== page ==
Does he belong in the Hall of Fame? Al Oliver

Claim to fame: Quietly, Oliver may have been one of the best hitters of the 1970s and ’80s, amassing 2,743 hits and a .303 lifetime batting average, hitting above .300 eleven of his 18 seasons. Oliver had perhaps his best year in 1982 when he led the National League in hits, doubles, runs batted in, and batting average, was an All Star, and finished third in Most Valuable Player voting. Mostly, though, he was a solid supporting player.

Current Hall of Fame eligibility: Oliver received 4.3 percent of the vote in 1991, his only year on the writers ballot for Cooperstown. Having last played in 1985, Oliver can be enshrined by the Veterans Committee.

Does he belong in the Hall of Fame? This was originally going to be a column about Harvey Kuenn, Bill Madlock, Tony Oliva, or Mickey Vernon, other great hitters yet to be inducted. When I began examining their stats, I noticed Kuenn and Madlock each have more than 2,000 hits and a career batting average above .300. I decided to find all the players who achieved this.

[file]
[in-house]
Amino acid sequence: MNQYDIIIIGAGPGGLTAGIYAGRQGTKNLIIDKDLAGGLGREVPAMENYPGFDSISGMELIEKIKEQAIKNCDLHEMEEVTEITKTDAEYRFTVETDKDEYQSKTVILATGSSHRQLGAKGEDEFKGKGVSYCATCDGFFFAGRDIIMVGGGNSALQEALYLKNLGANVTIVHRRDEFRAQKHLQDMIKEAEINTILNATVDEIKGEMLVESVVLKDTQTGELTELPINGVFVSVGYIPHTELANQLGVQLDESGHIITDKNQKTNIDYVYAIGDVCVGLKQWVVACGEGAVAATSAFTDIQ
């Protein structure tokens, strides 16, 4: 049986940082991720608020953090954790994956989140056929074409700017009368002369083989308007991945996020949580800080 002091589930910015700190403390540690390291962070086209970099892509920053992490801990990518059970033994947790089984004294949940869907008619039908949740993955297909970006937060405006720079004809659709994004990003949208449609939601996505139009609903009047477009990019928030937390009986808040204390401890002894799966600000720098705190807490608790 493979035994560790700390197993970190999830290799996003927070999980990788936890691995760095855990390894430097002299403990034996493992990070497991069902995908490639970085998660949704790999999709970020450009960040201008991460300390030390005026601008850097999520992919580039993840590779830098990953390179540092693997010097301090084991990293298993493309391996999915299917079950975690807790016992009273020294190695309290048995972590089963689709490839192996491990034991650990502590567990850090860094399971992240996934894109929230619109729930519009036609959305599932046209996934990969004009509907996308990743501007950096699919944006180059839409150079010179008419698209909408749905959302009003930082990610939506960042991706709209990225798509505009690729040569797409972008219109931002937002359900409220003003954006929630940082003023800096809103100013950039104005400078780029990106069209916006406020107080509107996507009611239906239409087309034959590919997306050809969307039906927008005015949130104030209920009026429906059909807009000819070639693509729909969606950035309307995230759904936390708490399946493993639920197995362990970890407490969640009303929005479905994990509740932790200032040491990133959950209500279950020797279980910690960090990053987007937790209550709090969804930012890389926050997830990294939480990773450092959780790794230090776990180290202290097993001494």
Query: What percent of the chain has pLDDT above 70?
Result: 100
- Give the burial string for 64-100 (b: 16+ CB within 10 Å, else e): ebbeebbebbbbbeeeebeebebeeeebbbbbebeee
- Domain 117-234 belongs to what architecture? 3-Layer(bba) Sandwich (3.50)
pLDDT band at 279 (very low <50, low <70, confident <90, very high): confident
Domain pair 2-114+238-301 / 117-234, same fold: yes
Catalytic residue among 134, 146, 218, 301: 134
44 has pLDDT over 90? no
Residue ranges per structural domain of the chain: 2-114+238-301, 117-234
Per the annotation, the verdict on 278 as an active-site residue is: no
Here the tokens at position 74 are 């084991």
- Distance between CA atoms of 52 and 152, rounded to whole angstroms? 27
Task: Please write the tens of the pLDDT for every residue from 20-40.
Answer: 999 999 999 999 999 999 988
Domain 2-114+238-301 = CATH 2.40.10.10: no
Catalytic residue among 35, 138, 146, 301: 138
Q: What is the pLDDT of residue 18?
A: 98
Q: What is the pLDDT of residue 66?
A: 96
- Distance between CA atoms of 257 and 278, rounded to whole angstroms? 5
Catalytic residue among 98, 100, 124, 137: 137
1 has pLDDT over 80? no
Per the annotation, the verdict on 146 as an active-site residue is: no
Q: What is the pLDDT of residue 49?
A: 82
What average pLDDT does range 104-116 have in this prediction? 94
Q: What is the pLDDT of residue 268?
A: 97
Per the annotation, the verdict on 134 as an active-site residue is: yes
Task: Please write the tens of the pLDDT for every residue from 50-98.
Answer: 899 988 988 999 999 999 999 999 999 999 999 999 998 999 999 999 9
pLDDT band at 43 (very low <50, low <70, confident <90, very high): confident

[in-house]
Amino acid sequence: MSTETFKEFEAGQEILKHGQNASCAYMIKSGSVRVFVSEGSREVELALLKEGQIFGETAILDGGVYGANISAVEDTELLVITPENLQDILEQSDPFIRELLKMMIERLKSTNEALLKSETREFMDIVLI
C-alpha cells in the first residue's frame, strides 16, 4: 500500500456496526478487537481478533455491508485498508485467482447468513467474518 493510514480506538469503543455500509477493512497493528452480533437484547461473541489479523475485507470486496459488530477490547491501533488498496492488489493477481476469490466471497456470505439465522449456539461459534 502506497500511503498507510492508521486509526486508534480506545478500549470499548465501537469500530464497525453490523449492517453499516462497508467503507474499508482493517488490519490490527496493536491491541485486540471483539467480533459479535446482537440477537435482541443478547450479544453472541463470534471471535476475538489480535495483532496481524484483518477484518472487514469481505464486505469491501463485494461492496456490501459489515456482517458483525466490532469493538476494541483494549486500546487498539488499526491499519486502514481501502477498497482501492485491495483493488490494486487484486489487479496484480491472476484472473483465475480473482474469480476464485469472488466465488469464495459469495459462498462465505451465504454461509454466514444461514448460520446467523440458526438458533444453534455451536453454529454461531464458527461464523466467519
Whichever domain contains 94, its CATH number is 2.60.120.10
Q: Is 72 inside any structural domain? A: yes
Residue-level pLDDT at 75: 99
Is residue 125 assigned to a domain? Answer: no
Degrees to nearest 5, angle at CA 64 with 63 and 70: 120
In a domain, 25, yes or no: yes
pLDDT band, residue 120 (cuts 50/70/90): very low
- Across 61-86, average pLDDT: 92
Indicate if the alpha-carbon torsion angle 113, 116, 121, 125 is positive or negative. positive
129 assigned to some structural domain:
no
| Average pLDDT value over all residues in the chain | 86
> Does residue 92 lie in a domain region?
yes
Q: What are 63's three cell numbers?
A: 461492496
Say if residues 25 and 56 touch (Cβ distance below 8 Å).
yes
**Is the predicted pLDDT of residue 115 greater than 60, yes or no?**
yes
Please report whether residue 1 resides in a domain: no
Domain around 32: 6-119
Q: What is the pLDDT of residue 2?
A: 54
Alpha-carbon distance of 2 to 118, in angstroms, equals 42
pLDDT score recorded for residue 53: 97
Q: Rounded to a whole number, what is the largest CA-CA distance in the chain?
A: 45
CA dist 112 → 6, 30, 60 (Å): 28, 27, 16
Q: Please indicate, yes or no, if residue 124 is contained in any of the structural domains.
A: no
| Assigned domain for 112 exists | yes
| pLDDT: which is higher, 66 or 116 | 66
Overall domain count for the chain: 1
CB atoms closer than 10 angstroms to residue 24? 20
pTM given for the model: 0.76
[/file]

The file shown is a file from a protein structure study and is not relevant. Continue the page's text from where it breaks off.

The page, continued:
Not counting active, recently-retired players, and Pete Rose– who is ineligible for Cooperstown– there are 20 men with at least 2,000 hits and a lifetime batting average of .300 or better. A chart alphabetized by first name follows, with leading stats among the group in bold:

Al Oliver 1189 2743 529 77 219 1326 .303 .344 .451 .795
Bill Madlock 920 2008 348 34 163 860 .305 .365 .442 .807
Bobby Veach 953 2063 393 147 64 1166 .310 .370 .442 .812
Buddy Myer 1174 2131 353 130 38 850 .303 .389 .406 .795